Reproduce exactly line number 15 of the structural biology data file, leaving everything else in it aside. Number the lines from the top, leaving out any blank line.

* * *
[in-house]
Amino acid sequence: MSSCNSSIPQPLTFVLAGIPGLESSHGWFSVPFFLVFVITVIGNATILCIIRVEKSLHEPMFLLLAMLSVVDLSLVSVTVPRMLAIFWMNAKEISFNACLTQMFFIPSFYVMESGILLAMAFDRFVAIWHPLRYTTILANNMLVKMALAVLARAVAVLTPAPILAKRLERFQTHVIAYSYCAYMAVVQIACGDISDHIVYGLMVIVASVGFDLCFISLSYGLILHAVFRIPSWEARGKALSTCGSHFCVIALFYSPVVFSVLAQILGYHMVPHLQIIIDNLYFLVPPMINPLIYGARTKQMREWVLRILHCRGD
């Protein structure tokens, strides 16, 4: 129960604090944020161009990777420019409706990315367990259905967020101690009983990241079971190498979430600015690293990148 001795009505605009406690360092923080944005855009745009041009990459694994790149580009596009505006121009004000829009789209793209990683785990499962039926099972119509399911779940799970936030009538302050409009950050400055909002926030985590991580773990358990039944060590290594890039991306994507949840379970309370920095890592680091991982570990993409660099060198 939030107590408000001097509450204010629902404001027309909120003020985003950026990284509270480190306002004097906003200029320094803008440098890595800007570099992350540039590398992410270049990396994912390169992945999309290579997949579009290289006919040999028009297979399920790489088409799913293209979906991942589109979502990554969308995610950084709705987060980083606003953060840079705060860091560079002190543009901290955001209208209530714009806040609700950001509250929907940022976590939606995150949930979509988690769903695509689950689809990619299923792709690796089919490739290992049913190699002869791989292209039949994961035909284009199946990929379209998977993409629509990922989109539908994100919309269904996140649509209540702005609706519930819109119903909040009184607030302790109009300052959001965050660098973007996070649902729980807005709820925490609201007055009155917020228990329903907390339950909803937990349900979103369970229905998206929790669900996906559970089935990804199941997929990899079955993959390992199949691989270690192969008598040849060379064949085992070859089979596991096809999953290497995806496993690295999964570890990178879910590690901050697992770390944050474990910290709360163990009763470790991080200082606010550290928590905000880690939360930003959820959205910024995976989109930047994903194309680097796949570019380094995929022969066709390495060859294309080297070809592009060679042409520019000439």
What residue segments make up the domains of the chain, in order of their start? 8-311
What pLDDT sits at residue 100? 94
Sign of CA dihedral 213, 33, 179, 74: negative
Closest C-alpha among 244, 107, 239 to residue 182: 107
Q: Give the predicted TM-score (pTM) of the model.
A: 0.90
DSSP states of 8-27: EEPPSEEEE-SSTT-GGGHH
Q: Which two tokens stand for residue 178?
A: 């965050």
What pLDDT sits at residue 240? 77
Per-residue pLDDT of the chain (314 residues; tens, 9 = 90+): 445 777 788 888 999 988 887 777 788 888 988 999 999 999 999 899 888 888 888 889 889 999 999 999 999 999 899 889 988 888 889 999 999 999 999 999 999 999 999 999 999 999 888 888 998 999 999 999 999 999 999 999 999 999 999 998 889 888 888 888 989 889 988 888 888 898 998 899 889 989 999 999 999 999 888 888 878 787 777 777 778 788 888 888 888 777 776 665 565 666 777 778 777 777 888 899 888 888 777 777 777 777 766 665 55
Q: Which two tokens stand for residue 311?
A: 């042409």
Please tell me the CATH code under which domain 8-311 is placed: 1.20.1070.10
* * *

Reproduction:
Q: Which two tokens stand for residue 311?